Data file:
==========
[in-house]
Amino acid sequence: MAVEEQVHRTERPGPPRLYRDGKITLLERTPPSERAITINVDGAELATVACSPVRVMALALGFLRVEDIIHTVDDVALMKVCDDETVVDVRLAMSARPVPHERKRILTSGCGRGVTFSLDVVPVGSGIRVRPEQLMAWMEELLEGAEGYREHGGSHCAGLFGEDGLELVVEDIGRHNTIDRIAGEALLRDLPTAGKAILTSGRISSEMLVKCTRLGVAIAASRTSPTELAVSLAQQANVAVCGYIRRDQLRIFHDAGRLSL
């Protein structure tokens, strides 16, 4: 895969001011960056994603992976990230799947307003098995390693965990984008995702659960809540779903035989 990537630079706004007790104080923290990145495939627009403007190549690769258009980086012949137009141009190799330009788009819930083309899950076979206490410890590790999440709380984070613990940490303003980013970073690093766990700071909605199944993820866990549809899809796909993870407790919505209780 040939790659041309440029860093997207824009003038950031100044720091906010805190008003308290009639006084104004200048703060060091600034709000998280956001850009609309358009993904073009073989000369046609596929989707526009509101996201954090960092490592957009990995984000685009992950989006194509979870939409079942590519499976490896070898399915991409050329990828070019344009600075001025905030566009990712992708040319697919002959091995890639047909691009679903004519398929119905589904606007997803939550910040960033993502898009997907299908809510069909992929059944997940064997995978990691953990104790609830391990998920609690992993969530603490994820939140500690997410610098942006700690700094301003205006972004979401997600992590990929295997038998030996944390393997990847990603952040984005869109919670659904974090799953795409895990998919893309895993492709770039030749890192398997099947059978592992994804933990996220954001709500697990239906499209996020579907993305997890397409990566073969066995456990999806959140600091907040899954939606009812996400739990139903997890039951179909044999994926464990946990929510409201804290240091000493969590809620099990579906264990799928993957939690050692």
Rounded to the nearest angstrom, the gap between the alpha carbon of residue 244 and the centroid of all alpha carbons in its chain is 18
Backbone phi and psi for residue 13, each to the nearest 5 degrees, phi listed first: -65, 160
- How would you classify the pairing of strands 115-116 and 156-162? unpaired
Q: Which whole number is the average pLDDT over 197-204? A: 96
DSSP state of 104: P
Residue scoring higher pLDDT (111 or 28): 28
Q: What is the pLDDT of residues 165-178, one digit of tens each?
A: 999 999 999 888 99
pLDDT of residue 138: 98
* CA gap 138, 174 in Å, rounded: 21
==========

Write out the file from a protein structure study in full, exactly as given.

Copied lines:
[in-house]
Amino acid sequence: MAVEEQVHRTERPGPPRLYRDGKITLLERTPPSERAITINVDGAELATVACSPVRVMALALGFLRVEDIIHTVDDVALMKVCDDETVVDVRLAMSARPVPHERKRILTSGCGRGVTFSLDVVPVGSGIRVRPEQLMAWMEELLEGAEGYREHGGSHCAGLFGEDGLELVVEDIGRHNTIDRIAGEALLRDLPTAGKAILTSGRISSEMLVKCTRLGVAIAASRTSPTELAVSLAQQANVAVCGYIRRDQLRIFHDAGRLSL
């Protein structure tokens, strides 16, 4: 895969001011960056994603992976990230799947307003098995390693965990984008995702659960809540779903035989 990537630079706004007790104080923290990145495939627009403007190549690769258009980086012949137009141009190799330009788009819930083309899950076979206490410890590790999440709380984070613990940490303003980013970073690093766990700071909605199944993820866990549809899809796909993870407790919505209780 040939790659041309440029860093997207824009003038950031100044720091906010805190008003308290009639006084104004200048703060060091600034709000998280956001850009609309358009993904073009073989000369046609596929989707526009509101996201954090960092490592957009990995984000685009992950989006194509979870939409079942590519499976490896070898399915991409050329990828070019344009600075001025905030566009990712992708040319697919002959091995890639047909691009679903004519398929119905589904606007997803939550910040960033993502898009997907299908809510069909992929059944997940064997995978990691953990104790609830391990998920609690992993969530603490994820939140500690997410610098942006700690700094301003205006972004979401997600992590990929295997038998030996944390393997990847990603952040984005869109919670659904974090799953795409895990998919893309895993492709770039030749890192398997099947059978592992994804933990996220954001709500697990239906499209996020579907993305997890397409990566073969066995456990999806959140600091907040899954939606009812996400739990139903997890039951179909044999994926464990946990929510409201804290240091000493969590809620099990579906264990799928993957939690050692």
Rounded to the nearest angstrom, the gap between the alpha carbon of residue 244 and the centroid of all alpha carbons in its chain is 18
Backbone phi and psi for residue 13, each to the nearest 5 degrees, phi listed first: -65, 160
- How would you classify the pairing of strands 115-116 and 156-162? unpaired
Q: Which whole number is the average pLDDT over 197-204? A: 96
DSSP state of 104: P
Residue scoring higher pLDDT (111 or 28): 28
Q: What is the pLDDT of residues 165-178, one digit of tens each?
A: 999 999 999 888 99
pLDDT of residue 138: 98
* CA gap 138, 174 in Å, rounded: 21